Professional photo

Professional photo
Beating Kevin

Tuesday, August 11, 2015

I Need a Hero!

Today is a miserable day. It is gray and rainy. There is nothing enticing about what I see outside. What really gets me is that this is my last few hours of a too short stay on the Jersey Shore's Long Beach Island. I envisioned waking up early, jogging on the beach, jumping into the ocean for a cool down and then reading the rest of the book, The Fault in Our Stars, while reclining in a beach chair. How nice does that sounds?!?!? Well... It's not going to happen and my disappointment grows with each of the tiny thuds of rain drops on the roof. This is one of those "hevel" (futility) days, when you feel like nothing will bring you happiness and you might as well just be miserable and hide under the covers with a jar of Nutella. (Don't you wish you were my family right now?)

By contrast, yesterday was glorious. Yesterday, after basking and baking (I'm a little crispy) in the sun for hours, I quoted my favorite verse from Psalms (we rabbis have things like favorite verses):

 זה היום עשה ה׳ נגילה ונשמחה בו
Zeh hayom asah hashem, nagila venismecha vo. 
"This is a day made (just for me) by God, let's enjoy it and be utterly content in it." (My liberal translation). 

That captures my feeling when the day just can't get any better. I love that feeling and I know I'm not alone. So what do you do when life gives you hevel (futility) and all you want is simcha (joyousness)?

I read in a magazine recently that "any day can be a good day." I took this to mean that you are the architect of what is a good day, whether you are given bright and shiny or dull and dank.

Lemons... Lemonade, right? Easier said than done. Because when you are in, what my hubby Aaron calls "a mood," it's hard to break out of it. 

I find that this is a question of will, that strength  and stubbornness inside that keeps you running that last (or first) mile, holds you're mouth shut when someone says "I" when it should be "me," and empowers you to turn down ice cream cake at a birthday party (why would you do that!!?)

My friend from my WW meeting, Kevin, inspired me when he said that his goal is to impose his will on life, rather than allowing life to impose itself on him. 

What a wonderful and powerful attitude. 

Just because you are served something it does not mean you need to except it as is. I'll give you an example.  Aaron leaves a little bit of whatever he is eating on the plate, just one less bite, to show himself that he imposes his will on the food, not the other way around. He is flexing his willpower muscle. Every time we do this, we grow that muscle and it becomes easier and easier to construct our lives as we want them to be and not just take what we are given.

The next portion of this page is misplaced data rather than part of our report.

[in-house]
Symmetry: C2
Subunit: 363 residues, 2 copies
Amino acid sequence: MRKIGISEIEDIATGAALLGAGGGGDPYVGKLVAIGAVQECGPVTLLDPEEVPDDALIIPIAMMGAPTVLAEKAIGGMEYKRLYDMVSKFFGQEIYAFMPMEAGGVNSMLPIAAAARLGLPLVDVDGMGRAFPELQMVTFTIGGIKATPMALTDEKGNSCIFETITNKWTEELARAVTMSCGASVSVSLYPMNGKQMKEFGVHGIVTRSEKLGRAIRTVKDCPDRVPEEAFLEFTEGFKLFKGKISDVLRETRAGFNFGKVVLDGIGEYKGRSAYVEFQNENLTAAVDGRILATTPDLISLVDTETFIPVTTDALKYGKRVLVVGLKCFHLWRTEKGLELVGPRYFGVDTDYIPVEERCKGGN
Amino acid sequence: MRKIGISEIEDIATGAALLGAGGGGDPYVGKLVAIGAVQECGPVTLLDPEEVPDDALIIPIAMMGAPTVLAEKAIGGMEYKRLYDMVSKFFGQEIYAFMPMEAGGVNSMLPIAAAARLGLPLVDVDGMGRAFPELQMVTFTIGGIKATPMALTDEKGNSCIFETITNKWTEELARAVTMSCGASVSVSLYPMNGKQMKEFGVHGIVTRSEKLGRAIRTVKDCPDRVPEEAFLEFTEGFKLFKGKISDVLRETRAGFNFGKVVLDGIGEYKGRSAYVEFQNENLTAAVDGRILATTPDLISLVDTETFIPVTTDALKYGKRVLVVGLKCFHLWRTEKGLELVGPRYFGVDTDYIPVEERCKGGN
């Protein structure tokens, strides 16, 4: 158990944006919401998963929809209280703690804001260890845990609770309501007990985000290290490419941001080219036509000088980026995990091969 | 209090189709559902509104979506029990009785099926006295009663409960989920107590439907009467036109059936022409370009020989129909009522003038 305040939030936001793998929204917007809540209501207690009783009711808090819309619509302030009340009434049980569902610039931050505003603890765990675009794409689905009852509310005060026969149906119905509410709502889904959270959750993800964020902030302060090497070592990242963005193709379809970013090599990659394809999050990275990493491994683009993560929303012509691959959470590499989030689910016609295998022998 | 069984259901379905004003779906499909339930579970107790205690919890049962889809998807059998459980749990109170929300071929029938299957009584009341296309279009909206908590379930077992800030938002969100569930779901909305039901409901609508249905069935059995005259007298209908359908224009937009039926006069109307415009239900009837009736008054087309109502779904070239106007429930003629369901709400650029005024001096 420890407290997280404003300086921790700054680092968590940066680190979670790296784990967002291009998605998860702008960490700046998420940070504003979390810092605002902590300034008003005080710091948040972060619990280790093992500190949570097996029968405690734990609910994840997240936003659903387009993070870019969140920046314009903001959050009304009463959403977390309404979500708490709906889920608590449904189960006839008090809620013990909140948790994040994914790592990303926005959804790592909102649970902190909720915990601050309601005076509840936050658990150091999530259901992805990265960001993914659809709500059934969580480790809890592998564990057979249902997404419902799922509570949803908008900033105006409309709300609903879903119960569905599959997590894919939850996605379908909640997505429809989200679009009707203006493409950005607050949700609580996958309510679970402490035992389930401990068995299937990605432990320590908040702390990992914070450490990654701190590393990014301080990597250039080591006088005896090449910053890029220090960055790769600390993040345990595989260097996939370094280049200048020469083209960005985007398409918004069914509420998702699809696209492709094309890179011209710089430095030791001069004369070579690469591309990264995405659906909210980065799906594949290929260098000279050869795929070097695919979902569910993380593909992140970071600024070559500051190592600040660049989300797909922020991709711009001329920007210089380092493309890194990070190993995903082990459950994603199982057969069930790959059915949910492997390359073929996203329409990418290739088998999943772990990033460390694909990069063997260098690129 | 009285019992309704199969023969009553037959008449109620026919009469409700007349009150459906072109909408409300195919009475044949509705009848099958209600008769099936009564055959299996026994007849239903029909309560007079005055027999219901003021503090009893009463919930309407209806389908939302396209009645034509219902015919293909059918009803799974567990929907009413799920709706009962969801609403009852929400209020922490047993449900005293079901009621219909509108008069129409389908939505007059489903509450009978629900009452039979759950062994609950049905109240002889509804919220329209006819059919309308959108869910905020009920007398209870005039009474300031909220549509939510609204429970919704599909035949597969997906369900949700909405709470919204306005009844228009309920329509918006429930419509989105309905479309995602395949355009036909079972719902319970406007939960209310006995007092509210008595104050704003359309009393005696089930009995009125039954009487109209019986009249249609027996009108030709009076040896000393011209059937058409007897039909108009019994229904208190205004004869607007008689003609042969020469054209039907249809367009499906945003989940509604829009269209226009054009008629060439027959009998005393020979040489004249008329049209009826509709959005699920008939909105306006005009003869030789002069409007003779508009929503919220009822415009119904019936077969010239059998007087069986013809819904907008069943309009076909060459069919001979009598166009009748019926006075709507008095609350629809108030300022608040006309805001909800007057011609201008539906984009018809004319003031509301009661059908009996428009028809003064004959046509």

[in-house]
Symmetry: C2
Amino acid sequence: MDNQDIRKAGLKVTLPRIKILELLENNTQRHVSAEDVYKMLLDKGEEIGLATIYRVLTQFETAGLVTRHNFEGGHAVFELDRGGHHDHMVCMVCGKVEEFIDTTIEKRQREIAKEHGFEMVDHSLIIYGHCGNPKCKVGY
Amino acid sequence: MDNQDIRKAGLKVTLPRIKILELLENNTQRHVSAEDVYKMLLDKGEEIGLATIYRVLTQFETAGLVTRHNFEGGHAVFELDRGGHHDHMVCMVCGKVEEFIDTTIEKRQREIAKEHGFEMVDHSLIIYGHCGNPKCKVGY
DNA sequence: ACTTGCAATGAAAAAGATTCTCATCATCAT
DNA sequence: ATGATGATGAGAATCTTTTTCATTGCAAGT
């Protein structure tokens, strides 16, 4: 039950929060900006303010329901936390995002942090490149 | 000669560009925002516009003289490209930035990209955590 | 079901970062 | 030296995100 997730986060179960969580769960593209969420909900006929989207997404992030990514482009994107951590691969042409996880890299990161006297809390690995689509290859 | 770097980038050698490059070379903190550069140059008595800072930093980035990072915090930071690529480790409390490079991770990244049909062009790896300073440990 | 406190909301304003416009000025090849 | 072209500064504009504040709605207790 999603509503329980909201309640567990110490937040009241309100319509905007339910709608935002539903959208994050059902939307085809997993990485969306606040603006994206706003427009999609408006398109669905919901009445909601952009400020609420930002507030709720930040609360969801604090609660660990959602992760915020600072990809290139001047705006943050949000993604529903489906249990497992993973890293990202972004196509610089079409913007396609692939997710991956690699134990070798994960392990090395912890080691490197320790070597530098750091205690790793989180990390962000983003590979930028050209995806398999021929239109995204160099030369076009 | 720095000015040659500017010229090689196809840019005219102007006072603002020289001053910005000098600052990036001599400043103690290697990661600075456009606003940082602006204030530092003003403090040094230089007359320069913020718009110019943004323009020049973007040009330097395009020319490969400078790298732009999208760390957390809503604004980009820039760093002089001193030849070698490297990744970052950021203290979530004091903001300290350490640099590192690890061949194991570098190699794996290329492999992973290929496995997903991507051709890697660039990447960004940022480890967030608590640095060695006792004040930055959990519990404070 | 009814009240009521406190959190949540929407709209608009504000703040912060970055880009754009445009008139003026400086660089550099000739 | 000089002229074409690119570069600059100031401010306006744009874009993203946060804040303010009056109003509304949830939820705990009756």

This is one of Judaism's greatest gifts to the observant Jew. Every time I look at a menu or go to a grocery store and say, "I eat this and don't eat that" because I observe kashrut (keep kosher), I am cultivating willpower. Every time I choose to read a book on Shabbat over going to the mall, I am sharpening that tool in my emotional and spiritual toolbox, the one that tells me that I can live out my values and not accept what others think I should do with my time. While we Jews love to eat, I will say that saying "no" to bacon all these years has made it easier to say "no" to other foods and habits that will not help achieve my weight or spiritual goals. Living an observant life of "don't's" and "do's" is reminding us that holiness is carved out of every day life. A snack is turned into a conversation with the unfolding source of creation when I say a blessing over my peach, because I didn't let hunger make me ravage it like a lion ripping into a gazelle. 

Willpower gives us the strength to take enjoyment out of a disgusting day, not allowing curveballs in our plans to derail our contentment. As we learn in Pirkei Avot, "Who is a hero? The person who overcomes his urges." It doesn't name grand heroic acts like saving a puppy from a burning building or splitting the Sea of Reeds. If you can break out of "a mood" and redeem the day, then you get a gold star. And if there is anything I have learned from Weight Watchers meetings its that no matter how old you get, we all love being rewarded with a gold star:)


  1. Love this! There you go challenging me to think about things differently, again...

  2. Yes we do. We all love the reward.
    Thanks for sharing.